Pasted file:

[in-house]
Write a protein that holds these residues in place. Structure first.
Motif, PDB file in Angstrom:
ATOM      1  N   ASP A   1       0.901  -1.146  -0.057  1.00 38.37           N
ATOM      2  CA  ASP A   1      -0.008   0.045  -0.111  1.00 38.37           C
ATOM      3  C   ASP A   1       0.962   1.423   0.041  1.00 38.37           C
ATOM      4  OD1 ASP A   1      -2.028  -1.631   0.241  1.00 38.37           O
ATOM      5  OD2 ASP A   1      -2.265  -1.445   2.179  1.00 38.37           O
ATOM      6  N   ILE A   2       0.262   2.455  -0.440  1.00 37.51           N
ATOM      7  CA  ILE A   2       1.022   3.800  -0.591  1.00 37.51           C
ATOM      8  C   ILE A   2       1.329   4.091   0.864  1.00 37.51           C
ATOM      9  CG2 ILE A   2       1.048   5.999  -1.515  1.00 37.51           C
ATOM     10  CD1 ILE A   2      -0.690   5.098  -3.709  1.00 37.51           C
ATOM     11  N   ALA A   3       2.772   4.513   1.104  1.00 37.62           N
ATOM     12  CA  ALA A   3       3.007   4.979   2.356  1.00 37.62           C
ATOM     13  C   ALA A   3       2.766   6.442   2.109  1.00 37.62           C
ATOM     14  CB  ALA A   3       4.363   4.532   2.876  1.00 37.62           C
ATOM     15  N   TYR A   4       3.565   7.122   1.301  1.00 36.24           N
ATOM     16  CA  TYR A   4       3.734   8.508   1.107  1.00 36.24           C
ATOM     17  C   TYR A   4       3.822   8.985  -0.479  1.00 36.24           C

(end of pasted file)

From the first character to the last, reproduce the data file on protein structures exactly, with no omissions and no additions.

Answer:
[in-house]
Write a protein that holds these residues in place. Structure first.
Motif, PDB file in Angstrom:
ATOM      1  N   ASP A   1       0.901  -1.146  -0.057  1.00 38.37           N
ATOM      2  CA  ASP A   1      -0.008   0.045  -0.111  1.00 38.37           C
ATOM      3  C   ASP A   1       0.962   1.423   0.041  1.00 38.37           C
ATOM      4  OD1 ASP A   1      -2.028  -1.631   0.241  1.00 38.37           O
ATOM      5  OD2 ASP A   1      -2.265  -1.445   2.179  1.00 38.37           O
ATOM      6  N   ILE A   2       0.262   2.455  -0.440  1.00 37.51           N
ATOM      7  CA  ILE A   2       1.022   3.800  -0.591  1.00 37.51           C
ATOM      8  C   ILE A   2       1.329   4.091   0.864  1.00 37.51           C
ATOM      9  CG2 ILE A   2       1.048   5.999  -1.515  1.00 37.51           C
ATOM     10  CD1 ILE A   2      -0.690   5.098  -3.709  1.00 37.51           C
ATOM     11  N   ALA A   3       2.772   4.513   1.104  1.00 37.62           N
ATOM     12  CA  ALA A   3       3.007   4.979   2.356  1.00 37.62           C
ATOM     13  C   ALA A   3       2.766   6.442   2.109  1.00 37.62           C
ATOM     14  CB  ALA A   3       4.363   4.532   2.876  1.00 37.62           C
ATOM     15  N   TYR A   4       3.565   7.122   1.301  1.00 36.24           N
ATOM     16  CA  TYR A   4       3.734   8.508   1.107  1.00 36.24           C
ATOM     17  C   TYR A   4       3.822   8.985  -0.479  1.00 36.24           C